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Tax Litigation

Tax litigation has always been a significant part of the Firm’s practice and our lawyers collectively have nigh on forty years experience litigating US federal and state tax cases. As Associate Chief Counsel (International), Washington managing partner John Staples was in charge of more than 130 I.R.S. attorneys nationwide who were litigating cases for the I.R.S.. His was the final legal word on all I.R.S. cases his attorneys tried, including pricing, treaty and tax shelter cases among others.

We have set down 35 cases for trial, and tried 9 of them to completion, including through the federal appeals courts where necessary. We won eight of the nine.


The Firm has brought 35 federal and state tax cases of every sort since 1987. The amounts in issue in these cases exceeded $400 million. We settled all but nine of them on very favorable terms, and tried the remaining nine, winning eight.

Our cases have been of all kinds: “fact” cases, where the law was clear but the facts in dispute (S&L Entertainment Enterprises, B.V. v. United States), “law” cases, where the facts were clear but the law in dispute (Tate & Lyle Inc. v. Commissioner) and mixed “fact and law” cases (A.E. Staley Mfg. Co. v. Commissioner). So far, we have won every tax case we have tried but one.

Some of the issues we have tried include:

1. A.E. Staley Mfg. Co. v. Commissioner, 119 F.3d 482 (7th Cir. 1997), rev’g 105 T.C. 166 (1995). Staley spent more than $25 million to defend itself from a hostile takeover. It ultimately lost and was taken over. The I.R.S. disallowed the deductions Staley took for these defense costs as ordinary and necessary business expenses.

Other taxpayers lost the first two cases on this point. The trial judge in the Tax Court agreed with us, but the full panel of the Tax Court decided (over five dissents) that the defense fees should be capitalized. The Seventh Circuit distinguished the leading Supreme Court case, INDOPCO, Inc. v. Commissioner, 503 U.S. 79 (1992), and ruled in our favor that unlike friendly takeover expenses, the cost of defending a business and its policies from attack are deductible. Staley is the lead case in this area, and I.R.S. dropped its objections to deducting these expenses after it lost the Staley case.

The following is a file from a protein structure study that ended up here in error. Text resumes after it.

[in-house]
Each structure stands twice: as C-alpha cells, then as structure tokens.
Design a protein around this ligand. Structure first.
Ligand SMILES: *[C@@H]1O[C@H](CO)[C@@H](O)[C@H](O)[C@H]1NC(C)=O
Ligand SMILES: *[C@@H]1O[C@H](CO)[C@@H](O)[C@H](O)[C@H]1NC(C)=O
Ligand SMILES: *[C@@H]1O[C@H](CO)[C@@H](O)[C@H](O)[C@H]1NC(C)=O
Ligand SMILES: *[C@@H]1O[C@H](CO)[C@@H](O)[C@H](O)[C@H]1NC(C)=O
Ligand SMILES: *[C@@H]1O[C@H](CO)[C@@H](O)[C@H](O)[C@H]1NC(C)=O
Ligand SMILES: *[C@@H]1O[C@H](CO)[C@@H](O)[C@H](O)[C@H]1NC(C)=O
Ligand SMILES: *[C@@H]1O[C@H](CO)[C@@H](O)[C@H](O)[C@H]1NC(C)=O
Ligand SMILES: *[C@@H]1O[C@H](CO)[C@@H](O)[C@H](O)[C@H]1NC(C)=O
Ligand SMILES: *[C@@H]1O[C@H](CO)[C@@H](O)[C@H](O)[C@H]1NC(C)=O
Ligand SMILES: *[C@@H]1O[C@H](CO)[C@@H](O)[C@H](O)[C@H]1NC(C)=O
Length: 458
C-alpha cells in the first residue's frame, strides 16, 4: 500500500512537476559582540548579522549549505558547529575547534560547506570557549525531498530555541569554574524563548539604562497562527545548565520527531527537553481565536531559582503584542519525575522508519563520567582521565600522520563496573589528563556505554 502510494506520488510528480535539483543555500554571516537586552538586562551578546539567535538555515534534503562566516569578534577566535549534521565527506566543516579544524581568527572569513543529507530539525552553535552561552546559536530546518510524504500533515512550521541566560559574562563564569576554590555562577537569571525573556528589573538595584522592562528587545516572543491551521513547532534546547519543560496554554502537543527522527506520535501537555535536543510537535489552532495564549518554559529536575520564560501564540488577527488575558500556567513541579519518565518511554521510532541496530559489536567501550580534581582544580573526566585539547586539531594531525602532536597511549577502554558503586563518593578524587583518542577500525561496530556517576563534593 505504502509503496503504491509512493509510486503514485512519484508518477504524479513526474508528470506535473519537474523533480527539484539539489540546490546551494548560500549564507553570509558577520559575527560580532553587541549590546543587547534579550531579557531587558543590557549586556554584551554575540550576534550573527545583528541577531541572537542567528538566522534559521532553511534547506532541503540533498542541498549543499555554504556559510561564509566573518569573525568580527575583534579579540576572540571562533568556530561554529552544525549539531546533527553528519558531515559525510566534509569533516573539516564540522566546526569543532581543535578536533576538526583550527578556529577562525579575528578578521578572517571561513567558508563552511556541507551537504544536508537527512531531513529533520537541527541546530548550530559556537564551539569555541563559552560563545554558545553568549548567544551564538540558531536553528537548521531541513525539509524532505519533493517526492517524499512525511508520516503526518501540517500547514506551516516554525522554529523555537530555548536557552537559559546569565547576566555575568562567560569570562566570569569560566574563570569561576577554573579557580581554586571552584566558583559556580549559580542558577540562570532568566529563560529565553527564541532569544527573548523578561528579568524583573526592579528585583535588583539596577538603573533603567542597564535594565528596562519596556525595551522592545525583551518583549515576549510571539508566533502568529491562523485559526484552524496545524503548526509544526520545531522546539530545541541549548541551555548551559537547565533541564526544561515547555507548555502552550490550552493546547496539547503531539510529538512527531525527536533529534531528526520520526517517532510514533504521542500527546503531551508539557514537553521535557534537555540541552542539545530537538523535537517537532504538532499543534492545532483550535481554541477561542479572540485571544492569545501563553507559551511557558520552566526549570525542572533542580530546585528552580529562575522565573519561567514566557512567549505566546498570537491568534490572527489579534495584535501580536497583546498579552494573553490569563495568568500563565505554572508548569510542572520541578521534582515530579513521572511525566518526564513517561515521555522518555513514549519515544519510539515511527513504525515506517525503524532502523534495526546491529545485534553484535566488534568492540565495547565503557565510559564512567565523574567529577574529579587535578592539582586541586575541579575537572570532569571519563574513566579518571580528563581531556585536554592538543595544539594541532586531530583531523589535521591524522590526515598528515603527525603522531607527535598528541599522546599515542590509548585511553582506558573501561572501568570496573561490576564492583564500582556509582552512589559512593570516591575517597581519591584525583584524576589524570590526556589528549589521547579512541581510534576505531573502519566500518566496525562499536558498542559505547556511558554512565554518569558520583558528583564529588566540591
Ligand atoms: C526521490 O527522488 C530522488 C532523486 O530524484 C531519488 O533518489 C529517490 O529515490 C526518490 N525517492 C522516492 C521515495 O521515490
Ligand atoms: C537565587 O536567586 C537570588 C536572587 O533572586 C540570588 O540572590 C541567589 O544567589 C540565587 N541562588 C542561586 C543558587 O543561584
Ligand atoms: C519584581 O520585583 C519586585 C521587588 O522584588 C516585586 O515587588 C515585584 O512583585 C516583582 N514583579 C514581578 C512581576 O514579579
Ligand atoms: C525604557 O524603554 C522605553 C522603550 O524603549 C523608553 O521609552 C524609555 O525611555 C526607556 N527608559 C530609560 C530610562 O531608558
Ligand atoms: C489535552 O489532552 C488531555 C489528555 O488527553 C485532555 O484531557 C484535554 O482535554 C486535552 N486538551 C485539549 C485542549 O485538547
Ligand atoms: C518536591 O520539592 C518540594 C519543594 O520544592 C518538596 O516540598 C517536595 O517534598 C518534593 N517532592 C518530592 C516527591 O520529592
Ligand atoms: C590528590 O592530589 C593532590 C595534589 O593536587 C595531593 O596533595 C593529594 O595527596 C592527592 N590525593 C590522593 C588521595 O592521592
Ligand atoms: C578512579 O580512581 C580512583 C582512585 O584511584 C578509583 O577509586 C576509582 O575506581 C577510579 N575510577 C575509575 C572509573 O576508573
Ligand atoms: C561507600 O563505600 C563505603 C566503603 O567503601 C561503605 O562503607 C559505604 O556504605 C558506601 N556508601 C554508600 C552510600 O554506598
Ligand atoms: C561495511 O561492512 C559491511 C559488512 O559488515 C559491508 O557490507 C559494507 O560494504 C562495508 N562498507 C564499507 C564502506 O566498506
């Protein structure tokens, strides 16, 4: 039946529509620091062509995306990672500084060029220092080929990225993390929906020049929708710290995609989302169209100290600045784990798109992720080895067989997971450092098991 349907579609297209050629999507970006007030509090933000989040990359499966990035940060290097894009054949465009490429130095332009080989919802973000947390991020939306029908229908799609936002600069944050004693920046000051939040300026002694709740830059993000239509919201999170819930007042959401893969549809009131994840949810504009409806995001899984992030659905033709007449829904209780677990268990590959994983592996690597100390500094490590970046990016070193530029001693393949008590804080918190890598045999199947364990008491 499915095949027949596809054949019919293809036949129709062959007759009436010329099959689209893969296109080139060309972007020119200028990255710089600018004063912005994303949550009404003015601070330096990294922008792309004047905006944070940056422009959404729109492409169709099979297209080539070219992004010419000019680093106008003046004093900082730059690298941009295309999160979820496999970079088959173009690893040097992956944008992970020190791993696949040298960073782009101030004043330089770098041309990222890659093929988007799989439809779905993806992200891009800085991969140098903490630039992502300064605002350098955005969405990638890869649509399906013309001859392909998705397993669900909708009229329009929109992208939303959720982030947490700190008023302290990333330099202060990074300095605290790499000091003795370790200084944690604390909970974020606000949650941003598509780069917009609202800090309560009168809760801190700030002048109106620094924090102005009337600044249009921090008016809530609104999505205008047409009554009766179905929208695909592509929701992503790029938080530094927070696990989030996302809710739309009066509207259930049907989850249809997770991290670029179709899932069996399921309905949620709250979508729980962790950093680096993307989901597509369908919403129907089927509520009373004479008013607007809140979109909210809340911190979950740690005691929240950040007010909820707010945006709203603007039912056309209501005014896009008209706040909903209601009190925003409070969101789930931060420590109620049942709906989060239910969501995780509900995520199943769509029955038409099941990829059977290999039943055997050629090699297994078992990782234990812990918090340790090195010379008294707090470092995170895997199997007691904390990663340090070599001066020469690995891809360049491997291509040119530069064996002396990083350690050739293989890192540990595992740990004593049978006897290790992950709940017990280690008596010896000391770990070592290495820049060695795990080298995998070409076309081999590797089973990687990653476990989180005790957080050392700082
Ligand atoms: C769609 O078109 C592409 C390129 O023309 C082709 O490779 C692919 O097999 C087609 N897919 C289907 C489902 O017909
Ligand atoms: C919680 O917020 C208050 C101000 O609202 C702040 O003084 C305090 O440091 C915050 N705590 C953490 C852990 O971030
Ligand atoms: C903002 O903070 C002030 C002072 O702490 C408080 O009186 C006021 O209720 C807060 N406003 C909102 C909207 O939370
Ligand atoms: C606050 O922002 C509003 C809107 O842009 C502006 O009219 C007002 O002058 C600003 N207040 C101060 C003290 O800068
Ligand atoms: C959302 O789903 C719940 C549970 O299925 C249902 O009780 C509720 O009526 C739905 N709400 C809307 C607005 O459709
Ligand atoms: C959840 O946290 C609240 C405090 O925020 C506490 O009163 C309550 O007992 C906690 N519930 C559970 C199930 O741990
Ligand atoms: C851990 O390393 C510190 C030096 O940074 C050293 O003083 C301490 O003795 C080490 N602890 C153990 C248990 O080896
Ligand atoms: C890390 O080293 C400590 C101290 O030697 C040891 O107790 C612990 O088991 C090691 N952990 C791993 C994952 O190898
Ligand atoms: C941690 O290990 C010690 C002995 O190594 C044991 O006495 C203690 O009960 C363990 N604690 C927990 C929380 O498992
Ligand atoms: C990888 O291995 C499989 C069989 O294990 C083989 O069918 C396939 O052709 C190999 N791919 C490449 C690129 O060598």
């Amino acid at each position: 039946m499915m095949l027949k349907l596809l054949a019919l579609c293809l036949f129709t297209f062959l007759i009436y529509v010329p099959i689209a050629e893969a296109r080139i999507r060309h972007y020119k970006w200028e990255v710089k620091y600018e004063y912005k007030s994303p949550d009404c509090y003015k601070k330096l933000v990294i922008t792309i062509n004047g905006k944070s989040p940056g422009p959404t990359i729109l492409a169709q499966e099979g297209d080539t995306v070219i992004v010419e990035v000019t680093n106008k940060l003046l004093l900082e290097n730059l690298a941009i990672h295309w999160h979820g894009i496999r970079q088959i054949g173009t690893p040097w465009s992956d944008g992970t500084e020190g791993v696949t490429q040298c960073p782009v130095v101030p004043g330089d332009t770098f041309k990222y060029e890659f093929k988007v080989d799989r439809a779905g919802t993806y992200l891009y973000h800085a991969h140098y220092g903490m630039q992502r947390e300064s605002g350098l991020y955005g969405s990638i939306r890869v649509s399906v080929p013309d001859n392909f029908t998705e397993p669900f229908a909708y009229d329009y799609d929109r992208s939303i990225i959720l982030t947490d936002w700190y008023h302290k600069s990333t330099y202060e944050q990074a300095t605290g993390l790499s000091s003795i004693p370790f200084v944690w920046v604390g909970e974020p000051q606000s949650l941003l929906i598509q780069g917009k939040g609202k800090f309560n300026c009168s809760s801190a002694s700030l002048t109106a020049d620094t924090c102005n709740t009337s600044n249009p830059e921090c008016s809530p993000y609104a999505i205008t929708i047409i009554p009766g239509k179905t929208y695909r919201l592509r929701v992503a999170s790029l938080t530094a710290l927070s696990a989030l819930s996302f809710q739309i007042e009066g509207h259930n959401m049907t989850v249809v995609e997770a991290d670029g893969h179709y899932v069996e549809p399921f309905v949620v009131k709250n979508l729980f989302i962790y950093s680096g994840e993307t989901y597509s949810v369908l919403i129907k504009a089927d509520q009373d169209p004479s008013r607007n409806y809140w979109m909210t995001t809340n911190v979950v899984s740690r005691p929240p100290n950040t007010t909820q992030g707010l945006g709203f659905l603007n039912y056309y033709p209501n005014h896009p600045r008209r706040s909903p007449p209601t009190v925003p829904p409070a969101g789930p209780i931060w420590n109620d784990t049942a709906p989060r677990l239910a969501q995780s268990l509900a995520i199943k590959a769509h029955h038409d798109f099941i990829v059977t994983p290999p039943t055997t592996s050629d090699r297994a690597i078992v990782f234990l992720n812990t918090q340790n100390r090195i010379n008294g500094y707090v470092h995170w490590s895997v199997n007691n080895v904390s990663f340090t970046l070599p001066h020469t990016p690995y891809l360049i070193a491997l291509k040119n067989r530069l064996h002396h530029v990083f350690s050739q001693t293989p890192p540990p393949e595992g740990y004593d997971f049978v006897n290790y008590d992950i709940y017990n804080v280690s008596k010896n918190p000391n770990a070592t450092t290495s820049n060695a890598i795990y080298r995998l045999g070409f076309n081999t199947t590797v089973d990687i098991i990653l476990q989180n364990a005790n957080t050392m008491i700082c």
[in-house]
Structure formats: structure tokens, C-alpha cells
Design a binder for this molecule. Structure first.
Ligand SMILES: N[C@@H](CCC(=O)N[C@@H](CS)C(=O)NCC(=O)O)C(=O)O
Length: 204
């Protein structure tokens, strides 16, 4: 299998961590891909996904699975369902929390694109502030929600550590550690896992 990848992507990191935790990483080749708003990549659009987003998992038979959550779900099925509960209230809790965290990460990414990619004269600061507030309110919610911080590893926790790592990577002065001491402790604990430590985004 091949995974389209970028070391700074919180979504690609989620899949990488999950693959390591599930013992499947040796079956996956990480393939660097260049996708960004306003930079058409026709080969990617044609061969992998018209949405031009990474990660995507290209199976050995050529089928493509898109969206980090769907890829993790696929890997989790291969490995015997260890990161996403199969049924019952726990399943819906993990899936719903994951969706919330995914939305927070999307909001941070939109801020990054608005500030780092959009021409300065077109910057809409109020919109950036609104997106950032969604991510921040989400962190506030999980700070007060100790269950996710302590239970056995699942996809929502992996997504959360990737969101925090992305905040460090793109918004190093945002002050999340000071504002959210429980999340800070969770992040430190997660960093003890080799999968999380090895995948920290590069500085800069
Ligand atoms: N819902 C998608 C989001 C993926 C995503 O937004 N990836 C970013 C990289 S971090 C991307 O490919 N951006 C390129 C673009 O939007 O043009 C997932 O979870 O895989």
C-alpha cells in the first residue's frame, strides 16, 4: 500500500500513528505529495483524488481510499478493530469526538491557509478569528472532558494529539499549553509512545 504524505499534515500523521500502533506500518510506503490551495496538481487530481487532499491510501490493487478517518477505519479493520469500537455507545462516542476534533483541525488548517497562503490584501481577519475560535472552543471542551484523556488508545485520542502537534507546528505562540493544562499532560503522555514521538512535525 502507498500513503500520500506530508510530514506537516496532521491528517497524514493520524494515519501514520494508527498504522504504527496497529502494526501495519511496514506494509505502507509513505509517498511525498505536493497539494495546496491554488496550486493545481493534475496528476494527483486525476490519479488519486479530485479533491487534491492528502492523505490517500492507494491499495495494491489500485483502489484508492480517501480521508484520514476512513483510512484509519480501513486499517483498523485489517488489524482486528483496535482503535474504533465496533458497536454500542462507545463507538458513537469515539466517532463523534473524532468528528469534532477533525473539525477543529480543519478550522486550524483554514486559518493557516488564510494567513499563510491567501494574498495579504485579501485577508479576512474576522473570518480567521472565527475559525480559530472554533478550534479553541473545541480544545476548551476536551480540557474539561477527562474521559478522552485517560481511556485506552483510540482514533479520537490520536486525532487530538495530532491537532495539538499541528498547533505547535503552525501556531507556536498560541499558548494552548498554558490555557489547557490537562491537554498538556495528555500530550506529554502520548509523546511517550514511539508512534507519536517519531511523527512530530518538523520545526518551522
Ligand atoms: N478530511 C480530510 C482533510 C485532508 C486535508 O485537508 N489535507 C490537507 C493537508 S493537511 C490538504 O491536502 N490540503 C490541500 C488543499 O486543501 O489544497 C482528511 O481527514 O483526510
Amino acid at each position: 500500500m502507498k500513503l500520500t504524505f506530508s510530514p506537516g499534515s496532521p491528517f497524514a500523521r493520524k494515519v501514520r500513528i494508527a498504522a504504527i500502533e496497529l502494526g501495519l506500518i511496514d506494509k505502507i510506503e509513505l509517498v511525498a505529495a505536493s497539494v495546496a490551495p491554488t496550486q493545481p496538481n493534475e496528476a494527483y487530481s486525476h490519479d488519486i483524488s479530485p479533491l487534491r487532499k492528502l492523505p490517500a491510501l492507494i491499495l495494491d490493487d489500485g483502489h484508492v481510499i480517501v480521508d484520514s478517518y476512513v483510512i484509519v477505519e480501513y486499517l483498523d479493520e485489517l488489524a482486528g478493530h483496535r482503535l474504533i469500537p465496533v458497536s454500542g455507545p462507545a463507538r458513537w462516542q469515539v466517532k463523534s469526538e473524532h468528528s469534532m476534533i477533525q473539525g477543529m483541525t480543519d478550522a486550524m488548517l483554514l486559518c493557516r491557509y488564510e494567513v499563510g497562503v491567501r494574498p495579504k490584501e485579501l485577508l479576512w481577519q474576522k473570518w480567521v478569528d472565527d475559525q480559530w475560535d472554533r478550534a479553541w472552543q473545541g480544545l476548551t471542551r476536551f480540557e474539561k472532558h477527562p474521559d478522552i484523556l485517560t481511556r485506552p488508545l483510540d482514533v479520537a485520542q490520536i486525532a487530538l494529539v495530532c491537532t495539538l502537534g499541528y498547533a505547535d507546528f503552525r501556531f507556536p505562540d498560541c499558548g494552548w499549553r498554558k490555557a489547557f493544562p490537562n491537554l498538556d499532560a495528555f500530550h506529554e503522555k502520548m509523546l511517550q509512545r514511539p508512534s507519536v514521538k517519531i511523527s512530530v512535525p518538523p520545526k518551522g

2. Racal Electronics and Subsidiaries v. Commissioner, T.C. Memo 1990-494. Racal made a loan to a 65% subsidiary, which later became worthless. The I.R.S. denied a deduction for the worthless debt on several grounds, including that the loan was actually a capital contribution. After a fact-intensive inquiry covering 13 factors that distinguish debt from equity, the Tax Court concluded that the loan was bona fide and allowed the deduction.

3. Tate & Lyle Inc. and Subsidiaries v. Commissioner, 103 T.C. 656 (1994). This case concerned the validity of I.R.S. legislative regulations on deferred interest payments to a foreign parent. Treas. Reg. § 1.267(a)-3. We won this case at the Tax Court in a Court reviewed decision, all 19 judges participating, on the grounds that 1) the Treasury exceeded their statutory mandate, and 2) the regulations were unconstitutional under the Due Process Clause because of their retroactive effect. However, after we won the client decided that they would have been better off having lost, due to the interplay of various carry-forward rules. Therefore we did not defend the case when the I.R.S. appealed. Another law firm defended the appeal as a “friend of the court,” on behalf of a Canadian company, but lost. Tate & Lyle Inc. and Subsidiaries v. Commissioner, 87 F.3d 99 (3d Cir. 1996).